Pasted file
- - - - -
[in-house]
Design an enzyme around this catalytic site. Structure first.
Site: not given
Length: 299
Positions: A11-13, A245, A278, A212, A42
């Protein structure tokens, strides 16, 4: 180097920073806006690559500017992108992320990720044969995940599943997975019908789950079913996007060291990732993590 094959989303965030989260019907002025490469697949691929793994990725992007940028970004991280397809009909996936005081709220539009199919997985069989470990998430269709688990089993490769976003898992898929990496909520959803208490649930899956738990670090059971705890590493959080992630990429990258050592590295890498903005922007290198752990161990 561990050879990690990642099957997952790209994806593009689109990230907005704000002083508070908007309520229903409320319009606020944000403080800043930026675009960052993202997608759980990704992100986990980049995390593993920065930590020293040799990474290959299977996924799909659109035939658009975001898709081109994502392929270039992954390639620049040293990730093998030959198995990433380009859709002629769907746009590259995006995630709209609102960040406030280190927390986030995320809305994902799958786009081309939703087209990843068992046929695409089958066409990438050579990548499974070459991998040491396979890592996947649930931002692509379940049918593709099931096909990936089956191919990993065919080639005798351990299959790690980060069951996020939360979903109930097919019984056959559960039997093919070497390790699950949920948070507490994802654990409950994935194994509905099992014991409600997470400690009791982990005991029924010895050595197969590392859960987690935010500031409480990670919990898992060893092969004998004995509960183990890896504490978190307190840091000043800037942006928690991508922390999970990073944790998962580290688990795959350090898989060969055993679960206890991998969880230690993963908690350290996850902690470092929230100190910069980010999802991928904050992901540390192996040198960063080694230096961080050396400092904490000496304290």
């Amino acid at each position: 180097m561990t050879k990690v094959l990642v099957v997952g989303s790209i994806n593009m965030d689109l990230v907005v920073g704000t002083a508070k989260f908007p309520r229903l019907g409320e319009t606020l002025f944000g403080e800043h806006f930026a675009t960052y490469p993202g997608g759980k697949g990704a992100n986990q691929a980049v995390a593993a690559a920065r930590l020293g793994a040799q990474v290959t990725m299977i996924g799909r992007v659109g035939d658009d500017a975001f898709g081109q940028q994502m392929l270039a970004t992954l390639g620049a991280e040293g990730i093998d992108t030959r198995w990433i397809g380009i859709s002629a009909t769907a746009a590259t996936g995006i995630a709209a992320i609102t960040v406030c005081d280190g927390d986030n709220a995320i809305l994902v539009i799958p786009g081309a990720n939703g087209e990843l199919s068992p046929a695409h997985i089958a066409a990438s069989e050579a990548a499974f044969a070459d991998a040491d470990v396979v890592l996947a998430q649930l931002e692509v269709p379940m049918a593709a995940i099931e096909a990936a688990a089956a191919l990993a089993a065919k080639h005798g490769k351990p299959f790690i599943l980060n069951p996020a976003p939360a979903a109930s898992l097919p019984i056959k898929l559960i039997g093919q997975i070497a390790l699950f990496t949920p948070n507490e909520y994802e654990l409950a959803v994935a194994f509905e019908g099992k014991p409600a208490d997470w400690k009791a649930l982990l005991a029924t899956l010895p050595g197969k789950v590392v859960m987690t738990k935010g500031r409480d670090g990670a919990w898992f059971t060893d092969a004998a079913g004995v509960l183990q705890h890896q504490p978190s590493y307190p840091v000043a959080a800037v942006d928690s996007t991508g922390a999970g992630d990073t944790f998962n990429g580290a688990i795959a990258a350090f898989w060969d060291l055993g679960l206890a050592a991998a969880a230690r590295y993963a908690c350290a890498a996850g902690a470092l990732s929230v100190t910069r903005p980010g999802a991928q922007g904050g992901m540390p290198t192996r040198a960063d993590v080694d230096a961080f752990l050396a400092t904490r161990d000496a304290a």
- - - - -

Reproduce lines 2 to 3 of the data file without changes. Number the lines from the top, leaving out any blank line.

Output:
Design an enzyme around this catalytic site. Structure first.
Site: not given